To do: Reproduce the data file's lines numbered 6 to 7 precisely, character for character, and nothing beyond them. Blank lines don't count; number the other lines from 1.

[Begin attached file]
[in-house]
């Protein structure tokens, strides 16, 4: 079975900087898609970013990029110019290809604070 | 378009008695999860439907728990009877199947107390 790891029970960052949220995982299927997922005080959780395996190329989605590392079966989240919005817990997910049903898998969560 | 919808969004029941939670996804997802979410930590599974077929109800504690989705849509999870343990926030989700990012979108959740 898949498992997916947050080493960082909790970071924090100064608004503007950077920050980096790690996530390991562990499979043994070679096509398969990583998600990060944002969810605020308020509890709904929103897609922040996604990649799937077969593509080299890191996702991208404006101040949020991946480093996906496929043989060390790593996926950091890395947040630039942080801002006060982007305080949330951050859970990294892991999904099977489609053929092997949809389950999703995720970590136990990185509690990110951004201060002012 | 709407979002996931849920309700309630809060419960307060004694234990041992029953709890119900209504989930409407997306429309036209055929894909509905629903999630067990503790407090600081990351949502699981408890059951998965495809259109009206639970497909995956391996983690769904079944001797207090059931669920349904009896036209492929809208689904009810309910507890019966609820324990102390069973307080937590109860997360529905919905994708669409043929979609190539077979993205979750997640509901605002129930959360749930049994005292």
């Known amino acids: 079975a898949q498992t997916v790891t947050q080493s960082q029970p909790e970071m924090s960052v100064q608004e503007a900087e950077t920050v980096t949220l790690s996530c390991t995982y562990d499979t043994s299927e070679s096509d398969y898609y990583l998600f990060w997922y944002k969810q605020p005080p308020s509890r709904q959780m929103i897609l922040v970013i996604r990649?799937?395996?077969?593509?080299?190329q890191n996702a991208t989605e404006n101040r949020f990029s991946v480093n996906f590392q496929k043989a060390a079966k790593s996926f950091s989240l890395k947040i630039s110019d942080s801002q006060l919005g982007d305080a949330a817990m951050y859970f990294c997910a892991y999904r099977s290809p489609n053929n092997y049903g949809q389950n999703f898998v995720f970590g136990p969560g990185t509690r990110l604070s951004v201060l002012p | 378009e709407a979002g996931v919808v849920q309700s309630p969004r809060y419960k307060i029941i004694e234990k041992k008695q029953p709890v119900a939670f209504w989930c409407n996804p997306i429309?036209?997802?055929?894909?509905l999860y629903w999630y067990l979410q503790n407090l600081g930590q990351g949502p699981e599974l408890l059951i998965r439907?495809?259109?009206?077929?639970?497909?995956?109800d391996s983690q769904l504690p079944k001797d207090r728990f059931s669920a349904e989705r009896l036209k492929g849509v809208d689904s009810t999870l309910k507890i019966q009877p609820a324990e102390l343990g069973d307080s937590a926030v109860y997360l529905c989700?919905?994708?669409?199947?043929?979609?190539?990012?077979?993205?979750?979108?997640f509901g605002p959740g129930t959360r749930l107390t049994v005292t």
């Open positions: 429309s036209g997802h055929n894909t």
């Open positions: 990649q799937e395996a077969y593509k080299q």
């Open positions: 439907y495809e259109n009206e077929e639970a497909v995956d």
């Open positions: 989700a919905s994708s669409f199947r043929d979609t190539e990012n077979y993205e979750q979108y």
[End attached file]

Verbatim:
């Open positions: 439907y495809e259109n009206e077929e639970a497909v995956d």
């Open positions: 989700a919905s994708s669409f199947r043929d979609t190539e990012n077979y993205e979750q979108y």